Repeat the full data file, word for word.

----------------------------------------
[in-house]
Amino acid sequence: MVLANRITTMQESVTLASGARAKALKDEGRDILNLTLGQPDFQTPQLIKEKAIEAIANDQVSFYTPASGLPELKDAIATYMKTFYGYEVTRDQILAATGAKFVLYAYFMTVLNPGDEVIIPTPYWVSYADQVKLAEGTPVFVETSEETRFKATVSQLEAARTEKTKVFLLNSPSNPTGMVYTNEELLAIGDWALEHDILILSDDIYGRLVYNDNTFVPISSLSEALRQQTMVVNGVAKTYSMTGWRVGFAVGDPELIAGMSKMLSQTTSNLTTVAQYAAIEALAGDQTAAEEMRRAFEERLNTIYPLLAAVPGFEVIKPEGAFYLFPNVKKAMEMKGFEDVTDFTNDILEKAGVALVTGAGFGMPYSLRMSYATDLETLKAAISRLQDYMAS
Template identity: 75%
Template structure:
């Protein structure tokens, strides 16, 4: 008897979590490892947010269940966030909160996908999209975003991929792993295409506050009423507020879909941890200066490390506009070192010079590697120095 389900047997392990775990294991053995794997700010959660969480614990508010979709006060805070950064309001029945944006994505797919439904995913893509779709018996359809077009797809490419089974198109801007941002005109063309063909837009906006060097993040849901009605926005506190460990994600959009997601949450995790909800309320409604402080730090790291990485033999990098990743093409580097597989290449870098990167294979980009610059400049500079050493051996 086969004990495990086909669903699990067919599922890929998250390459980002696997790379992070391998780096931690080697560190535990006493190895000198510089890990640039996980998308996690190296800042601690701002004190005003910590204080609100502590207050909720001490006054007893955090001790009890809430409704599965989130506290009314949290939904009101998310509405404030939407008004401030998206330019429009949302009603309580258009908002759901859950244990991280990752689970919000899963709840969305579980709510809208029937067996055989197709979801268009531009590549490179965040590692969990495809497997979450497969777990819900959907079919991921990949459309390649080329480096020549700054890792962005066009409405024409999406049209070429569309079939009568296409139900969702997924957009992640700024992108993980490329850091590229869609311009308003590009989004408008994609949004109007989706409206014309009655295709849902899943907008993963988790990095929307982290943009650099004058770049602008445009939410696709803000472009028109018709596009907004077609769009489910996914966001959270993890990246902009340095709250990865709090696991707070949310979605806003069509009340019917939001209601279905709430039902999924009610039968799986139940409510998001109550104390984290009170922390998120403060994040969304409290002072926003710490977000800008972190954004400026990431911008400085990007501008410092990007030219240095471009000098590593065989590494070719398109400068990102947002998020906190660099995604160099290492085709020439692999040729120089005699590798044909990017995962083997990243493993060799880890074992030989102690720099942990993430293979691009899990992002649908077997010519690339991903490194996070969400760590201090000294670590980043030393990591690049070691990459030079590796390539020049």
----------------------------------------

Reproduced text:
[in-house]
Amino acid sequence: MVLANRITTMQESVTLASGARAKALKDEGRDILNLTLGQPDFQTPQLIKEKAIEAIANDQVSFYTPASGLPELKDAIATYMKTFYGYEVTRDQILAATGAKFVLYAYFMTVLNPGDEVIIPTPYWVSYADQVKLAEGTPVFVETSEETRFKATVSQLEAARTEKTKVFLLNSPSNPTGMVYTNEELLAIGDWALEHDILILSDDIYGRLVYNDNTFVPISSLSEALRQQTMVVNGVAKTYSMTGWRVGFAVGDPELIAGMSKMLSQTTSNLTTVAQYAAIEALAGDQTAAEEMRRAFEERLNTIYPLLAAVPGFEVIKPEGAFYLFPNVKKAMEMKGFEDVTDFTNDILEKAGVALVTGAGFGMPYSLRMSYATDLETLKAAISRLQDYMAS
Template identity: 75%
Template structure:
């Protein structure tokens, strides 16, 4: 008897979590490892947010269940966030909160996908999209975003991929792993295409506050009423507020879909941890200066490390506009070192010079590697120095 389900047997392990775990294991053995794997700010959660969480614990508010979709006060805070950064309001029945944006994505797919439904995913893509779709018996359809077009797809490419089974198109801007941002005109063309063909837009906006060097993040849901009605926005506190460990994600959009997601949450995790909800309320409604402080730090790291990485033999990098990743093409580097597989290449870098990167294979980009610059400049500079050493051996 086969004990495990086909669903699990067919599922890929998250390459980002696997790379992070391998780096931690080697560190535990006493190895000198510089890990640039996980998308996690190296800042601690701002004190005003910590204080609100502590207050909720001490006054007893955090001790009890809430409704599965989130506290009314949290939904009101998310509405404030939407008004401030998206330019429009949302009603309580258009908002759901859950244990991280990752689970919000899963709840969305579980709510809208029937067996055989197709979801268009531009590549490179965040590692969990495809497997979450497969777990819900959907079919991921990949459309390649080329480096020549700054890792962005066009409405024409999406049209070429569309079939009568296409139900969702997924957009992640700024992108993980490329850091590229869609311009308003590009989004408008994609949004109007989706409206014309009655295709849902899943907008993963988790990095929307982290943009650099004058770049602008445009939410696709803000472009028109018709596009907004077609769009489910996914966001959270993890990246902009340095709250990865709090696991707070949310979605806003069509009340019917939001209601279905709430039902999924009610039968799986139940409510998001109550104390984290009170922390998120403060994040969304409290002072926003710490977000800008972190954004400026990431911008400085990007501008410092990007030219240095471009000098590593065989590494070719398109400068990102947002998020906190660099995604160099290492085709020439692999040729120089005699590798044909990017995962083997990243493993060799880890074992030989102690720099942990993430293979691009899990992002649908077997010519690339991903490194996070969400760590201090000294670590980043030393990591690049070691990459030079590796390539020049």